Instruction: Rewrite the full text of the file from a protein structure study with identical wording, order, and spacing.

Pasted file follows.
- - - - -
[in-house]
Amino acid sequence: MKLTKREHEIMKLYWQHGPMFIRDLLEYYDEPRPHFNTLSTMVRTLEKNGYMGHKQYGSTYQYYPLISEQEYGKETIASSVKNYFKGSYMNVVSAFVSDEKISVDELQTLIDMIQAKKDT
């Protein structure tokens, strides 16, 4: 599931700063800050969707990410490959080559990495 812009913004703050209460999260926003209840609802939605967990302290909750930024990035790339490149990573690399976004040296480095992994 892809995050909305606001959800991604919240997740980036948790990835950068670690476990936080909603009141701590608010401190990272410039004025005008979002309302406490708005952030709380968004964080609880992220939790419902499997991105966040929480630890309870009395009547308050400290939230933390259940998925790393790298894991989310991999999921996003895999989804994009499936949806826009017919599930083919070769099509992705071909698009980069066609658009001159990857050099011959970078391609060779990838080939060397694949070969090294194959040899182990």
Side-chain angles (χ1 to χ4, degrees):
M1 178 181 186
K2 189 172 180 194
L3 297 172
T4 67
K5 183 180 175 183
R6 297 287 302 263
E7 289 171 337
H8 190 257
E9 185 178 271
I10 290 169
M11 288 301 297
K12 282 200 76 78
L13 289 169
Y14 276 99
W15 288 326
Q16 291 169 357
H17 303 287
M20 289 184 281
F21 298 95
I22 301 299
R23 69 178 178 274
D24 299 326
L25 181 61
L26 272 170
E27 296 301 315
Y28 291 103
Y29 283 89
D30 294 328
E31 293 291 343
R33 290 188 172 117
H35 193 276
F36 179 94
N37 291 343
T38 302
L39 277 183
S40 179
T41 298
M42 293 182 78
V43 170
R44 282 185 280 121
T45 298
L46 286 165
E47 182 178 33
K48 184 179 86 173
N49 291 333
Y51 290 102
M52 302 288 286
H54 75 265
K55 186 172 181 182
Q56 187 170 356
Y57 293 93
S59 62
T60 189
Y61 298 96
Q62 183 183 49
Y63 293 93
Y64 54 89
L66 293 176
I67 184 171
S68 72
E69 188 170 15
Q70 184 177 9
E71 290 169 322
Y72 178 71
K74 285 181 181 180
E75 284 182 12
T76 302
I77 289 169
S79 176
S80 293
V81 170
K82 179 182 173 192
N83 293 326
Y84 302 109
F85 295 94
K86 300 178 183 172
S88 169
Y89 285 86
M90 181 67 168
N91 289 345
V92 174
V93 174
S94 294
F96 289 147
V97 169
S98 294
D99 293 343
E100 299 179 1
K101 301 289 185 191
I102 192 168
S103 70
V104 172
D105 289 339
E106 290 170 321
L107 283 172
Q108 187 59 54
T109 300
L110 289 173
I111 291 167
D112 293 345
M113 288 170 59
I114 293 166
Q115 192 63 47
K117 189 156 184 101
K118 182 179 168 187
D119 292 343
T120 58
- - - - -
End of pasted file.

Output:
[in-house]
Amino acid sequence: MKLTKREHEIMKLYWQHGPMFIRDLLEYYDEPRPHFNTLSTMVRTLEKNGYMGHKQYGSTYQYYPLISEQEYGKETIASSVKNYFKGSYMNVVSAFVSDEKISVDELQTLIDMIQAKKDT
């Protein structure tokens, strides 16, 4: 599931700063800050969707990410490959080559990495 812009913004703050209460999260926003209840609802939605967990302290909750930024990035790339490149990573690399976004040296480095992994 892809995050909305606001959800991604919240997740980036948790990835950068670690476990936080909603009141701590608010401190990272410039004025005008979002309302406490708005952030709380968004964080609880992220939790419902499997991105966040929480630890309870009395009547308050400290939230933390259940998925790393790298894991989310991999999921996003895999989804994009499936949806826009017919599930083919070769099509992705071909698009980069066609658009001159990857050099011959970078391609060779990838080939060397694949070969090294194959040899182990």
Side-chain angles (χ1 to χ4, degrees):
M1 178 181 186
K2 189 172 180 194
L3 297 172
T4 67
K5 183 180 175 183
R6 297 287 302 263
E7 289 171 337
H8 190 257
E9 185 178 271
I10 290 169
M11 288 301 297
K12 282 200 76 78
L13 289 169
Y14 276 99
W15 288 326
Q16 291 169 357
H17 303 287
M20 289 184 281
F21 298 95
I22 301 299
R23 69 178 178 274
D24 299 326
L25 181 61
L26 272 170
E27 296 301 315
Y28 291 103
Y29 283 89
D30 294 328
E31 293 291 343
R33 290 188 172 117
H35 193 276
F36 179 94
N37 291 343
T38 302
L39 277 183
S40 179
T41 298
M42 293 182 78
V43 170
R44 282 185 280 121
T45 298
L46 286 165
E47 182 178 33
K48 184 179 86 173
N49 291 333
Y51 290 102
M52 302 288 286
H54 75 265
K55 186 172 181 182
Q56 187 170 356
Y57 293 93
S59 62
T60 189
Y61 298 96
Q62 183 183 49
Y63 293 93
Y64 54 89
L66 293 176
I67 184 171
S68 72
E69 188 170 15
Q70 184 177 9
E71 290 169 322
Y72 178 71
K74 285 181 181 180
E75 284 182 12
T76 302
I77 289 169
S79 176
S80 293
V81 170
K82 179 182 173 192
N83 293 326
Y84 302 109
F85 295 94
K86 300 178 183 172
S88 169
Y89 285 86
M90 181 67 168
N91 289 345
V92 174
V93 174
S94 294
F96 289 147
V97 169
S98 294
D99 293 343
E100 299 179 1
K101 301 289 185 191
I102 192 168
S103 70
V104 172
D105 289 339
E106 290 170 321
L107 283 172
Q108 187 59 54
T109 300
L110 289 173
I111 291 167
D112 293 345
M113 288 170 59
I114 293 166
Q115 192 63 47
K117 189 156 184 101
K118 182 179 168 187
D119 292 343
T120 58